Marine Biologist Melissa Cristina Márquez Was Bitten and Dragged by a Crocodile…and Lived to Tell Her Story


When a crocodile clamped down on her leg and began to drag her earlier this year, Melissa Cristina Márquez performed the impossible: She stayed very calm.

Her job as a marine biologist requires her to be fearless in the face of giant predators. She’s come nose-to-snout with the likes of great whites and tiger sharks as part of her work studying the habitats of chondrichthyans, and remaining calm come naturally to her. “I’m just fascinated by misunderstood predators, and they just happen to be the most misunderstood so, I’ve never felt scared of them,” she told Jezebel by phone from Sydney, Australia, in June. (Márquez received her master’s degree from Victoria University in Wellington, New Zealand.)

Until earlier this year, her biggest career-related brush with danger occurred when a highly venomous centruroides scorpion that had been hiding out in her wetsuit stung her, leaving her arm paralyzed for three weeks.

And then she met the croc. In April, Márquez was filming a program for the Discovery Channel’s Shark Week programming in the Cuban archipelago Jardines de la Reina (Gardens of the Queen). The documentary followed Márquez and her crew on their search to find a legendarily large local hammerhead shark known as La Reina. During a sweep of the shallows, Márquez encountered the croc. The next day she tweeted a brief recap of the incident, which began:

The incident was depicted on the Shark Week documentary Cuba’s Secret Shark Lair, which aired on Monday.

Márquez told Jezebel her croc-bite tale in detail. So riveting was her recounting in our interview with her that we are publishing it in full, with light editing for clarity:

MARQUEZ: The irony is: I was bitten by a crocodile during Shark Week. Another scientist and I were filming in Jardines de la Reina, looking for this big hammerhead shark that local Cubans know as the queen, La Reina. We were trying to figure out if it’s just one big female shark, or if it was multiple big sharks, because Cuba’s very secluded from the rest of the world.

Specifically, the Jardines de la Reina only allows around a thousand divers every year. We were really really privileged and really lucky to get to go to this beautiful place. During one of our scuba dives, I had the idea of going into the shallows because hammerheads hunt in the shallows for stingrays. It’s easier really—a good hunting ground. While diving in the shallows, we suddenly saw this big figure. And when we moved our lights, we realized it was an American crocodile. We knew that there were crocodiles around, we just didn’t know they were that close.

Toward the end of our dive, when they were taking out the lights and whatnot, my comms mask started acting up. I was having a really hard time communicating. I couldn’t hear what was going on, and I was getting sprayed in the face with saltwater every now and then. It was just really uncomfortable. So when my dive buddy signaled, “Hey I’m going up,” and I’m like, “Perfect.”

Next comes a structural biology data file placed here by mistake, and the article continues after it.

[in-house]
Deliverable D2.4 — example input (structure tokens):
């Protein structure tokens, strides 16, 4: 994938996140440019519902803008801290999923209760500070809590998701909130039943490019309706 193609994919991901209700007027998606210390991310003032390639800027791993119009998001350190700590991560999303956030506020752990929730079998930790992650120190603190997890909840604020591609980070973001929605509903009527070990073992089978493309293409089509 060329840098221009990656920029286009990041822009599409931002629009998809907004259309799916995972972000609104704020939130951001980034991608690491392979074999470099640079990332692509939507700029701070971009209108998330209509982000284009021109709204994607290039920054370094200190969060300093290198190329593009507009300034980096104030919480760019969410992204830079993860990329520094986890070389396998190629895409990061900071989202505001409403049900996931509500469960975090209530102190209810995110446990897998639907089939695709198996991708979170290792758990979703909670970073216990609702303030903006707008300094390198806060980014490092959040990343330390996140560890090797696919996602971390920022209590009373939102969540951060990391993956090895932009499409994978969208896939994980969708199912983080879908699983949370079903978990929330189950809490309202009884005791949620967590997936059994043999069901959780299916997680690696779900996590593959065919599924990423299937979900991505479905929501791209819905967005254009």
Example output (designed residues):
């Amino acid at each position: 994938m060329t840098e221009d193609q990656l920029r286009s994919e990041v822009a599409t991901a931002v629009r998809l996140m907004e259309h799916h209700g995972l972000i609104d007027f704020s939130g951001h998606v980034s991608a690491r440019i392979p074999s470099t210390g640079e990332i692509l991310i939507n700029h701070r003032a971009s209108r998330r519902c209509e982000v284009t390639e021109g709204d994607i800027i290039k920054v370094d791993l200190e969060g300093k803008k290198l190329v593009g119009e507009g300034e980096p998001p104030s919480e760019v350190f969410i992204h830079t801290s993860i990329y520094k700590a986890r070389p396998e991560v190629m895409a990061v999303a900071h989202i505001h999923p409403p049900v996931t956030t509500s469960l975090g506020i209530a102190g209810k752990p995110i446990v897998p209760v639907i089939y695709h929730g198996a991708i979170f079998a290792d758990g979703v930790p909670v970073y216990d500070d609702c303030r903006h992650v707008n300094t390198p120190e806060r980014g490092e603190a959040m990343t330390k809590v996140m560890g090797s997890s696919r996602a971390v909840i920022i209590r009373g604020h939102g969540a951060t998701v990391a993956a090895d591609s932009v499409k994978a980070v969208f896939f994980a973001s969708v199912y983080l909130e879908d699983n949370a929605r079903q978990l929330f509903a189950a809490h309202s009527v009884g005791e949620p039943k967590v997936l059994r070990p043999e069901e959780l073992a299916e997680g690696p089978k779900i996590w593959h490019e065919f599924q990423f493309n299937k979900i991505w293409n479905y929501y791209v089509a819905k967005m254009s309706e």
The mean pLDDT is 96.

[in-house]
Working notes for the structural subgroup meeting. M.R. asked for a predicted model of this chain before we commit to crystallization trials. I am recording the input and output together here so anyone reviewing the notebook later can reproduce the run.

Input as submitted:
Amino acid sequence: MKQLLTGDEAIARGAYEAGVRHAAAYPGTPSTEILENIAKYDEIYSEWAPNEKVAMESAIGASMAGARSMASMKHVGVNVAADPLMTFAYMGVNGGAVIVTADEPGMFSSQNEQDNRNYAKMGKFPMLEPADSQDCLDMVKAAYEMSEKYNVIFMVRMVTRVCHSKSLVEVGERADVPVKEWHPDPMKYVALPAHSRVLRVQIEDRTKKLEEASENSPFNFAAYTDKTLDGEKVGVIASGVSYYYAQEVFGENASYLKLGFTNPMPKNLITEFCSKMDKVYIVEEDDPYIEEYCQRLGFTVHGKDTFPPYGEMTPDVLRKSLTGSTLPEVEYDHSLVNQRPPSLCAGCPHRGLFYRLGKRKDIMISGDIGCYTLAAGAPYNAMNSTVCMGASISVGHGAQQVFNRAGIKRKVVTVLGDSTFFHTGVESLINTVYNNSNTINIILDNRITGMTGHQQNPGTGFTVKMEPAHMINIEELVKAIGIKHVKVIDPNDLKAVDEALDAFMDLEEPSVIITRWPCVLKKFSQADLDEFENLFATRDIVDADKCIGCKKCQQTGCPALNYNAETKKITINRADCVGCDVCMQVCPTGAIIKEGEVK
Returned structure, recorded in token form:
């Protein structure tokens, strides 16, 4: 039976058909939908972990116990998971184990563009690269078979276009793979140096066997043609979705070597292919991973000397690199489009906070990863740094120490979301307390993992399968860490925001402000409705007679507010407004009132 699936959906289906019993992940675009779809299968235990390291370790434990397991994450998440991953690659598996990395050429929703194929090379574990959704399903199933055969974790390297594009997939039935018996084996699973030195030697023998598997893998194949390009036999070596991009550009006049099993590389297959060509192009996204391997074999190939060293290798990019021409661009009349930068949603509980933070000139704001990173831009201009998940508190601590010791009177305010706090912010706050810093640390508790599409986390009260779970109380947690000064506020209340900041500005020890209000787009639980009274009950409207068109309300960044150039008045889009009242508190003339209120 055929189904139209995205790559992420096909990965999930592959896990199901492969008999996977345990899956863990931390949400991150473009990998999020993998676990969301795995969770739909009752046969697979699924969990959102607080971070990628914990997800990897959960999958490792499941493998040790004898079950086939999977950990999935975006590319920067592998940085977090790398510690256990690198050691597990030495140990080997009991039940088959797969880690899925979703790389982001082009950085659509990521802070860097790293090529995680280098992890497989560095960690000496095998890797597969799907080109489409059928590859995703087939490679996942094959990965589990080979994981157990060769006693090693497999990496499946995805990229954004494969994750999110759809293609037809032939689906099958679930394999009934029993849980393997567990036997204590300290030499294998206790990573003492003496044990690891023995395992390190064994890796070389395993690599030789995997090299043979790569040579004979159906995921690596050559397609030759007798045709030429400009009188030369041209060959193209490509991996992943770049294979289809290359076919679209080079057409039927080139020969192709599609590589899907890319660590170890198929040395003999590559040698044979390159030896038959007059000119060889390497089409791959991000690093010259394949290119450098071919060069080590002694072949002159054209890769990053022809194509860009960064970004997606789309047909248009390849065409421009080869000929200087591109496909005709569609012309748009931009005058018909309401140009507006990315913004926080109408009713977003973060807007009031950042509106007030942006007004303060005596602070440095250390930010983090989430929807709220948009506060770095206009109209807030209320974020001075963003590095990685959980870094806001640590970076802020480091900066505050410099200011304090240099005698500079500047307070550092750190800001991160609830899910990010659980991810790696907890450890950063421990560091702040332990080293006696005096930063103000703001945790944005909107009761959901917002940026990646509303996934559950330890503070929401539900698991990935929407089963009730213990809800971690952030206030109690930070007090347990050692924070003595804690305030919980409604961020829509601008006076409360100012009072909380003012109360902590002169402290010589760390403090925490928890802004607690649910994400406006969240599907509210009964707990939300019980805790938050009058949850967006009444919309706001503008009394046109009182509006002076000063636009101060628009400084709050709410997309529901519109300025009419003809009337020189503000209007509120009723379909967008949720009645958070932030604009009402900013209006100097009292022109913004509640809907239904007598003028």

As he was going up and I was about to go up, I was kneeling on my knees on the sandy bottom. It wasn’t that deep at all. I could stand. Suddenly I felt really hard pressure on my left calf, and I was like, “That’s weird.” I thought, “That’s my fin.”And suddenly I started getting dragged backwards, and was like, “Nope, that’s not a fin.”

The first thing that went through my mind is, “Alright, this is most likely a crocodile, because this isn’t what sharks do.” But crocodiles were a completely new animal to me. The closet I’ve come to working with crocodiles is being a Florida native and knowing what to do in the presence of alligators. I did know a few things about crocodiles’ predation, so the first thing that went through my mind was, “Whatever you do, do not move your leg.”

I was in its mouth, which is highly receptive to texture, to taste

I was in its mouth, which is highly receptive to texture, to taste. I hoped that it wasn’t not biting me too hard. It didn’t feel like it. I didn’t feel pain. I felt really, really hard pressure, but no actual pain. So I was hoping, “Alright, hopefully, because I have the scuba suit on, no blood is coming out, so it doesn’t taste that. It doesn’t feel the meat, essentially, of my leg. It just tastes the neoprene, and it’s gonna let me go.”

I was like, “Don’t struggle,” because two things can happen. Crocodiles will either bite down harder, and then I would start feeling pain, and then: There goes all my rational thinking, really. If it bit down harder, not only would it possibly be painful, but it also could have taken out a chunk of my leg. Or, the worst scenario is that it rolled. That’s how a lot of them incapacitate their prey.

This was right below my knee, so I thought, “Either from my knee below is gonna pop out, or my whole entire leg’s gonna pop off. Either way, I’m gonna bleed to death.” Cuba is very isolated, especially where we were. We were about 80 km south of Cuba. I would have bled out before any medical attention would’ve come get me, essentially. Especially because it was late at night, so I was like, “Whatever you do, do not move your leg.” Once that thought went through my head, the next thing I did was claw at the sand, to see if there was a rock or something I could hold onto.

at this point, I was going into darkness. It was taking me away from the lights

But I couldn’t find anything. And at this point, I was going into darkness. It was taking me away from the lights. It wasn’t dragging me hard—it was a very slow drag. This was a 10-foot crocodile. Weight, I couldn’t tell you, but was a big croc for its species. I started hitting the microphone, hoping that even though I couldn’t hear them, they could possibly hear me. That’s when I started saying, “Hey, I’m being dragged, I’m being bit.”All of this lasted maybe 10 seconds, tops. But time went really slowly for me then. Everything slowed down, and my mind kind of went into overdrive.